The Militant(logo) 
    Vol.63/No.20           May 24, 1999 
Bombing Of China's Embassy Sparks Outrage  

VANCOUVER - Chanting "NATO/Nazi! USA/Killers! CIA/Liars! CNN/Liars!" almost 200 people protested in front of the U.S. consulate here May 10. The demonstration was part of the worldwide reaction by Chinese people to the May 7 NATO bombing of the Chinese embassy in Yugoslavia.

The overwhelmingly Chinese crowd also waved Chinese flags, sang the Chinese national anthem, and chanted in Chinese, "Down with U.S. imperialism" - a chant that became very popular in China during the Korean War in the 1950s. Protesters also signed messages of condolence to send to the families of Ying Zhu, Xinghu Xu, and Yunhuan Shao - the three people confirmed dead in the bombing.

The attack on the embassy, located in a residential area of Belgrade, has been met with outrage and disbelief at Washington's claim that it was an accident because the CIA provided them with an outdated map.

As this Militant reporter spoke to a group of demonstrators, they all pointed to the U.S. consulate behind us saying, "Everyone knows where an embassy is. No one can believe the CIA." Many expressed anger at the lack of sincerity in President William Clinton's apology. "He says `I'm sorry,' and then he says it's [Yugoslav president Slobodan] Milosevic's fault!" said one protester who did not want to give his name.

"Prior to living here in Canada, I thought it was just propaganda by the Chinese regime that the news media was so controlled, but now I see things differently," said Haizi, a young worker.

"The protest could have been a lot bigger, but it was built spontaneously by individuals rather than by any organization," University of British Columbia student Ganxin Liu told the Militant.

Three thousand people protested in front of the U.S. consulate in Toronto May 9.

The biggest response has been in China itself, where hundreds of thousands of people poured into the streets. As a result of the bombing, Beijing has suspended high-level military contacts and "human rights" talks with Washington.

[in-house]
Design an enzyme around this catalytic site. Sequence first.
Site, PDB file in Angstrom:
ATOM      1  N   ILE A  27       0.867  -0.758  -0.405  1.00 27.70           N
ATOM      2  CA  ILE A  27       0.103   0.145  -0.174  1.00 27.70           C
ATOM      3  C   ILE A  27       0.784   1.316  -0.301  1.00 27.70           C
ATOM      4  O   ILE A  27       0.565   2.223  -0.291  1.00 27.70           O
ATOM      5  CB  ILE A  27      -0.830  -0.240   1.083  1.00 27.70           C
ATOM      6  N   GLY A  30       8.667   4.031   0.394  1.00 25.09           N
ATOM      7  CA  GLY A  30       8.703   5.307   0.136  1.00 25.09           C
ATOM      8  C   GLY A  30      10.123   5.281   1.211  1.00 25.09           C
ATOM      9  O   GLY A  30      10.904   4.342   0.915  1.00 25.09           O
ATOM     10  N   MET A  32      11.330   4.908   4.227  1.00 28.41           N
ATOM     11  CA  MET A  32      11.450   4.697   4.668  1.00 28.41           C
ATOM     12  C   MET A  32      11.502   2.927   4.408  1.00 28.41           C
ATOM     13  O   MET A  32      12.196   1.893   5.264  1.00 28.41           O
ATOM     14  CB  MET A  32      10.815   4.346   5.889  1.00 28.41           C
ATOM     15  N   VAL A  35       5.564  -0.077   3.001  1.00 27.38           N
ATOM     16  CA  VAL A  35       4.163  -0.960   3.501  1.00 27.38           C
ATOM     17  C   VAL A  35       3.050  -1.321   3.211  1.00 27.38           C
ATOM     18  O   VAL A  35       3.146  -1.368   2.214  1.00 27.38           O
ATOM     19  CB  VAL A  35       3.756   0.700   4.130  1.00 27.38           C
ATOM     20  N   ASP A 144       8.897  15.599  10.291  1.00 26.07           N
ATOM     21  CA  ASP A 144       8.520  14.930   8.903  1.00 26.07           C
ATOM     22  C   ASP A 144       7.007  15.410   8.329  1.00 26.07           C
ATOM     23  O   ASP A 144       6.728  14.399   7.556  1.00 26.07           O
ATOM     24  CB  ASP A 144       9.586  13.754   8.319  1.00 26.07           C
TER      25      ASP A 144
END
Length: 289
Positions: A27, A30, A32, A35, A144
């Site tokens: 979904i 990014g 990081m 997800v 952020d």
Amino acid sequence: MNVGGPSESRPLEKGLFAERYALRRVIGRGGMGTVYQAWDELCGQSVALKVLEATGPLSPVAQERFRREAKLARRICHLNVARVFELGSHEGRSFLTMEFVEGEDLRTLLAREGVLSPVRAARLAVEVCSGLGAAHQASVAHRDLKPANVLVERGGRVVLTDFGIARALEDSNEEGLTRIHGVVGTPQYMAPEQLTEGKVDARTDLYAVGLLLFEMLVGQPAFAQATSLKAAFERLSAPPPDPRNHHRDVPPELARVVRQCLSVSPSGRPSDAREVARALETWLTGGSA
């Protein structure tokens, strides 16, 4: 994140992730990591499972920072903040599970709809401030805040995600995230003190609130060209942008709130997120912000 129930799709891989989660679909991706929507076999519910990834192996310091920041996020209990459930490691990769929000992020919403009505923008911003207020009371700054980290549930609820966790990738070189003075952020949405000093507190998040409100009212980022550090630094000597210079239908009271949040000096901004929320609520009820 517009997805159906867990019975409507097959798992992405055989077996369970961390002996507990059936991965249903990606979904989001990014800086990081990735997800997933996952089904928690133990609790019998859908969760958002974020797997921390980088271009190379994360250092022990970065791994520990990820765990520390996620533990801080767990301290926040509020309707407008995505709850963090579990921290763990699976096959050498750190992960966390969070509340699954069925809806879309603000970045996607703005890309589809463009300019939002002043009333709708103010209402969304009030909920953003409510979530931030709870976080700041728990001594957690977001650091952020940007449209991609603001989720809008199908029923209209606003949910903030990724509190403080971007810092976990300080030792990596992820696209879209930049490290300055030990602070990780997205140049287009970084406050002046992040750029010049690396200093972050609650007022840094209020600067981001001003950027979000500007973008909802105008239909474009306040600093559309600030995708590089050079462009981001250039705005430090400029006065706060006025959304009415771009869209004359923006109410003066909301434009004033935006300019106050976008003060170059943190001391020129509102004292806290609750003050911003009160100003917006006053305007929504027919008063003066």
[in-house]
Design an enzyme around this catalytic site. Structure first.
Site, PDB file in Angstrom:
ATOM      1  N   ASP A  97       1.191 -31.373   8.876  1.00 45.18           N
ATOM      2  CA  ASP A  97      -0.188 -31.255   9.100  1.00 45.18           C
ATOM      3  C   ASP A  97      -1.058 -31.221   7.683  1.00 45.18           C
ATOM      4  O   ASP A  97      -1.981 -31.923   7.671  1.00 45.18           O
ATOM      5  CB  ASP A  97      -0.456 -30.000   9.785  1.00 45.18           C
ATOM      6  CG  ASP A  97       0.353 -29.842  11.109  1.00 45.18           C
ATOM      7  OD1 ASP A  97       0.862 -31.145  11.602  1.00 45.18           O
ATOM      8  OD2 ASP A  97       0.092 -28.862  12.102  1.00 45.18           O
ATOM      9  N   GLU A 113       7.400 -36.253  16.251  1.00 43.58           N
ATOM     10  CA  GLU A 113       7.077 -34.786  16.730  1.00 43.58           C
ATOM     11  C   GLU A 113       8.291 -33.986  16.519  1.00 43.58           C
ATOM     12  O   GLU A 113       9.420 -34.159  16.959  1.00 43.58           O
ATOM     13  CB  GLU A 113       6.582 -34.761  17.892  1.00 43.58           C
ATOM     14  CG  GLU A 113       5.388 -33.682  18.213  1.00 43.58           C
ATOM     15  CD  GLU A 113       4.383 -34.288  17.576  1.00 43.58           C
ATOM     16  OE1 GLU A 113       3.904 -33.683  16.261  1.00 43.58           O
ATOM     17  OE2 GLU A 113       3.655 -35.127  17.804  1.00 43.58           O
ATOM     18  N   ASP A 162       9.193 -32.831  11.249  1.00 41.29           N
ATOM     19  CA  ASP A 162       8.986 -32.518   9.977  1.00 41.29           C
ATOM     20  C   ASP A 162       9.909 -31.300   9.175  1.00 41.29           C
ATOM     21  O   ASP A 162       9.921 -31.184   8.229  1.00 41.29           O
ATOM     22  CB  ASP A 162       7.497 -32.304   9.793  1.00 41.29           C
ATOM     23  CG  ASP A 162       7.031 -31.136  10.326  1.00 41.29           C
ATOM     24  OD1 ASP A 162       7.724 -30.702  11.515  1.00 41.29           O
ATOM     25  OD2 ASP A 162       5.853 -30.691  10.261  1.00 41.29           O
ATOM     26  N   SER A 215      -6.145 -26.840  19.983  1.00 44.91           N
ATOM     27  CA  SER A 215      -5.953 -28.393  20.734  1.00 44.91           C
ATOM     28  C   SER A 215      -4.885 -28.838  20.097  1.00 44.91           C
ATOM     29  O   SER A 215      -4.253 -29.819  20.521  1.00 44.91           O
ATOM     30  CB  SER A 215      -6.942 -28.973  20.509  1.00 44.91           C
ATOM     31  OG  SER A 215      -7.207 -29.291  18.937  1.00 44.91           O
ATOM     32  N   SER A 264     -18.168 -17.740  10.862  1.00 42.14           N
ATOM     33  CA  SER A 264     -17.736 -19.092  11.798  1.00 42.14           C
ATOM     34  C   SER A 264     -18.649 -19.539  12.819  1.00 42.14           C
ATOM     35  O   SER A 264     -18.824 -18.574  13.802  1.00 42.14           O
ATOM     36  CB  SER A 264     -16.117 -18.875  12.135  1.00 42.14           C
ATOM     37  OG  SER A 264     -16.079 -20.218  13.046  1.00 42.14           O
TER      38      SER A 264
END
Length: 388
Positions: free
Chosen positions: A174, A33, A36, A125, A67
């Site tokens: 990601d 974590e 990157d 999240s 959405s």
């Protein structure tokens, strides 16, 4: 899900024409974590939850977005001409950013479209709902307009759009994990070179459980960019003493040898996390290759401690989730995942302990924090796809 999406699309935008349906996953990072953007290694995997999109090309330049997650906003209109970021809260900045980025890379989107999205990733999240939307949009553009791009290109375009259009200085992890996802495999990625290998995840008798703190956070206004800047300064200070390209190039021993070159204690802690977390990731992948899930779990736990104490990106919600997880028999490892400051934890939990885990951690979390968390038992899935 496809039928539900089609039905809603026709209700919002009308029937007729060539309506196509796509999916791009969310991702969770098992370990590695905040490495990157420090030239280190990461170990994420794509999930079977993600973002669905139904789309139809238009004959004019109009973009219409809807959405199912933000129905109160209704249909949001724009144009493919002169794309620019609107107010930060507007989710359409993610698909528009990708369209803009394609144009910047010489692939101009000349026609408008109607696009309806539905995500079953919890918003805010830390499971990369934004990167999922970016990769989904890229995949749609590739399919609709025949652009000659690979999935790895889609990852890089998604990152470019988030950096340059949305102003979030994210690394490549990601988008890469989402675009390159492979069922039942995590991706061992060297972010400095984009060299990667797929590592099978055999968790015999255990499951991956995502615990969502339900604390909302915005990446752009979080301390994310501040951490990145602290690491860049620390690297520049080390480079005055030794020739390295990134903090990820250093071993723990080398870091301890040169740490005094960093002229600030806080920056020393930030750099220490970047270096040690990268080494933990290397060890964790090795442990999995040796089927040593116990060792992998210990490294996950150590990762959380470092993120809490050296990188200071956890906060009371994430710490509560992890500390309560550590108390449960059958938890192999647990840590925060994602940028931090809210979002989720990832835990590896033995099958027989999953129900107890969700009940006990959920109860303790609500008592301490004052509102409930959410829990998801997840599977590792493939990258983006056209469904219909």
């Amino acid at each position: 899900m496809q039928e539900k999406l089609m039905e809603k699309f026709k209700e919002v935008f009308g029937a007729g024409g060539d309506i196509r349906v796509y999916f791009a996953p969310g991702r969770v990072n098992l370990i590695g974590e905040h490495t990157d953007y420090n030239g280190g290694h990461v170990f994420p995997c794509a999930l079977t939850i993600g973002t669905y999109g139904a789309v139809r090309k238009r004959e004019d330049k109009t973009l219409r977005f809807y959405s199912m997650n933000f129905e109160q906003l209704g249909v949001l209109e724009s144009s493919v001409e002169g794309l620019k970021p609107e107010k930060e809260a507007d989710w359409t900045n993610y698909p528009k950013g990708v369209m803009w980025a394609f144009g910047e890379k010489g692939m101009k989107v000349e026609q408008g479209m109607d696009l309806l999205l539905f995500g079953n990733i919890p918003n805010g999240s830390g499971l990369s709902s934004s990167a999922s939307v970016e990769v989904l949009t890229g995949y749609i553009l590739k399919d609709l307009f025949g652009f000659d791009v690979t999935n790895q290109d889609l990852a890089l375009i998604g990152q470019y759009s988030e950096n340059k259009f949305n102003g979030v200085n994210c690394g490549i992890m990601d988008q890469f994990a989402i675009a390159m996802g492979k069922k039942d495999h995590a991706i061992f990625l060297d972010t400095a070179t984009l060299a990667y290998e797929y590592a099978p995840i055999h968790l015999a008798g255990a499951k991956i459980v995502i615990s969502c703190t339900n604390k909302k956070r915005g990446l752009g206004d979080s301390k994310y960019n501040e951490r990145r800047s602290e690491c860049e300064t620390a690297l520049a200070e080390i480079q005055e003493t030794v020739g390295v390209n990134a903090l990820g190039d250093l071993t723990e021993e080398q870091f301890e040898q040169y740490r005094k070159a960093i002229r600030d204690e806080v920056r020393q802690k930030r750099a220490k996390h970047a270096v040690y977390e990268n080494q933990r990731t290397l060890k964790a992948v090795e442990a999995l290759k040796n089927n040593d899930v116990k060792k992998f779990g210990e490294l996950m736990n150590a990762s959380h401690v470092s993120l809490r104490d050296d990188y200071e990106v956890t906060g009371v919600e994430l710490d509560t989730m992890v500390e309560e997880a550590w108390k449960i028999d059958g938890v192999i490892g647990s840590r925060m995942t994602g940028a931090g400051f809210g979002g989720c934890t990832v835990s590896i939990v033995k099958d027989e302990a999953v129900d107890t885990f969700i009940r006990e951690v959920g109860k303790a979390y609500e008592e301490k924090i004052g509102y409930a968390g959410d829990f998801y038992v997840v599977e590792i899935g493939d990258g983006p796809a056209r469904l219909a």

In the capital, Beijing, there have been daily demonstrations involving tens of thousands of people. Demonstrators have marched past the Canadian and German embassies. But protesters' anger is particularly focused on the British and U.S. embassies that have been pelted with rocks, bottles, and paint by students, workers, and others. Demonstrators have surrounded the U.S. embassy around the clock, making virtual hostages of the embassy staff. "It infuriates us that innocent Chinese were killed," said 26- year-old Diana Qu, a worker in a foreign-owned company, while waiting for police to let her and about 1,000 others take their turn in front of the embassy. Cuban diplomats joined in the action and were warmly welcomed by the crowd.

Anti-NATO actions have taken place in at least a dozen cities outside Beijing - from Shanghai on the eastern seaboard to Lanzhou in the far west. In Shanghai, China's business capital, police allowed protesters in small groups of 150 to 200 in the area surrounding the U.S. consulate. According to the official Chinese news agency Xinhua, more than 100,000 people marched in Guangzhou - 150 kilometers northwest of Hong Kong - chanting "Down with NATO!" as they marched past the U.S., British French, Italian, and Dutch consulates. "NATO has outrageously violated China's sovereignty" read one of the banners carried in this demonstration.

In Xan about 30,000 university students and 10,000 other residents held a march on May 8 shouting "We want peace," "Safeguard national sovereignty and dignity," and other slogans. Protests also took place in Chengdu, Shenyang, Nanjing, Xiamen, and Hangzhou. Actions have also been held outside a number of businesses owned by U.S. companies, including Kentucky Fried Chicken, McDonald's, and Goldman Sachs.

The wave of demonstrations protesting the NATO bombings, which are the largest since the pro-democracy actions that culminated in the Tiananmen Square massacre in Beijing almost exactly a decade ago, have involved hundreds of thousands of people. The Chinese government has begun to worry that the protests might get out of hand. On May 9 Vice President Hu went on television to both endorse the "keen patriotism" of the demonstrations, but also urge caution against "extremes."

"The Chinese government firmly supports and protects, in accordance with the law, all legal protest activities. But we must prevent overreaction and ensure social stability," said Hu.

Protests have also occurred throughout Asia including in Taiwan, Japan, Singapore, and Pakistan. In Latin America protests have also occurred in Peru, Argentina, and Cuba.

Front page (for this issue) | Home | Text-version home